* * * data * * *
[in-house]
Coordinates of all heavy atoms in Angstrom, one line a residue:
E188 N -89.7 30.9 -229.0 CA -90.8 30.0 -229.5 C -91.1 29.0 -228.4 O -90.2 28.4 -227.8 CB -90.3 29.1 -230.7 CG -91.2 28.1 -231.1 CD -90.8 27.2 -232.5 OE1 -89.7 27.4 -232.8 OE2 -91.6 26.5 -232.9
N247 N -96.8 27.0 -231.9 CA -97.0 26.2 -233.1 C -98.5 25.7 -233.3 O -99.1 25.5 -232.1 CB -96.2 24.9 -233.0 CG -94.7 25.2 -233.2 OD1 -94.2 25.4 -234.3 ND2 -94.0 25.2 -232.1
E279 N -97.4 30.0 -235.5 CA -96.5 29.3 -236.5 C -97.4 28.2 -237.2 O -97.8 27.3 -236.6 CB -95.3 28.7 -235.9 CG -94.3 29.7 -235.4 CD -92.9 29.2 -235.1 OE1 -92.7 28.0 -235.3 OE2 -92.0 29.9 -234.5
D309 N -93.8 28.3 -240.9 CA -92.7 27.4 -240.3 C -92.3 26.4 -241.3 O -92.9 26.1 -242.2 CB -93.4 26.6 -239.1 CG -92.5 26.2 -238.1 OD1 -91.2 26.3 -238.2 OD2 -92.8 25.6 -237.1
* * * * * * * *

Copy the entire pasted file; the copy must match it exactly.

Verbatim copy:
[in-house]
Coordinates of all heavy atoms in Angstrom, one line a residue:
E188 N -89.7 30.9 -229.0 CA -90.8 30.0 -229.5 C -91.1 29.0 -228.4 O -90.2 28.4 -227.8 CB -90.3 29.1 -230.7 CG -91.2 28.1 -231.1 CD -90.8 27.2 -232.5 OE1 -89.7 27.4 -232.8 OE2 -91.6 26.5 -232.9
N247 N -96.8 27.0 -231.9 CA -97.0 26.2 -233.1 C -98.5 25.7 -233.3 O -99.1 25.5 -232.1 CB -96.2 24.9 -233.0 CG -94.7 25.2 -233.2 OD1 -94.2 25.4 -234.3 ND2 -94.0 25.2 -232.1
E279 N -97.4 30.0 -235.5 CA -96.5 29.3 -236.5 C -97.4 28.2 -237.2 O -97.8 27.3 -236.6 CB -95.3 28.7 -235.9 CG -94.3 29.7 -235.4 CD -92.9 29.2 -235.1 OE1 -92.7 28.0 -235.3 OE2 -92.0 29.9 -234.5
D309 N -93.8 28.3 -240.9 CA -92.7 27.4 -240.3 C -92.3 26.4 -241.3 O -92.9 26.1 -242.2 CB -93.4 26.6 -239.1 CG -92.5 26.2 -238.1 OD1 -91.2 26.3 -238.2 OD2 -92.8 25.6 -237.1